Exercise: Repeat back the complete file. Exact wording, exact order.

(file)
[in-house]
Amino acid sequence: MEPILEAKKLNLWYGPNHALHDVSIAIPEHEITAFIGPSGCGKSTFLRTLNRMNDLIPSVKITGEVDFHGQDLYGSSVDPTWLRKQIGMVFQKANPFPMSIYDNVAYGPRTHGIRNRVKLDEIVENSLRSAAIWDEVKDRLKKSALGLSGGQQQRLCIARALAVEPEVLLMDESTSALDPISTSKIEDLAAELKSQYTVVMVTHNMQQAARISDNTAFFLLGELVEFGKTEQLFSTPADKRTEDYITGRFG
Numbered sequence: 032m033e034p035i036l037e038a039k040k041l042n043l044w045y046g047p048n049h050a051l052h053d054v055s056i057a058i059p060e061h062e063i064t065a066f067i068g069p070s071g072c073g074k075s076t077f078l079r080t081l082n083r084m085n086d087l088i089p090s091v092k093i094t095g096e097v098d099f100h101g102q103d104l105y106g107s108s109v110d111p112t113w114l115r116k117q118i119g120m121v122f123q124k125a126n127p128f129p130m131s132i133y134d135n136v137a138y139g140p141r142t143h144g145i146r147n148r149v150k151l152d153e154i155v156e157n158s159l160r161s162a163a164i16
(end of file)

[in-house]
Amino acid sequence: MEPILEAKKLNLWYGPNHALHDVSIAIPEHEITAFIGPSGCGKSTFLRTLNRMNDLIPSVKITGEVDFHGQDLYGSSVDPTWLRKQIGMVFQKANPFPMSIYDNVAYGPRTHGIRNRVKLDEIVENSLRSAAIWDEVKDRLKKSALGLSGGQQQRLCIARALAVEPEVLLMDESTSALDPISTSKIEDLAAELKSQYTVVMVTHNMQQAARISDNTAFFLLGELVEFGKTEQLFSTPADKRTEDYITGRFG
Numbered sequence: 032m033e034p035i036l037e038a039k040k041l042n043l044w045y046g047p048n049h050a051l052h053d054v055s056i057a058i059p060e061h062e063i064t065a066f067i068g069p070s071g072c073g074k075s076t077f078l079r080t081l082n083r084m085n086d087l088i089p090s091v092k093i094t095g096e097v098d099f100h101g102q103d104l105y106g107s108s109v110d111p112t113w114l115r116k117q118i119g120m121v122f123q124k125a126n127p128f129p130m131s132i133y134d135n136v137a138y139g140p141r142t143h144g145i146r147n148r149v150k151l152d153e154i155v156e157n158s159l160r161s162a163a164i16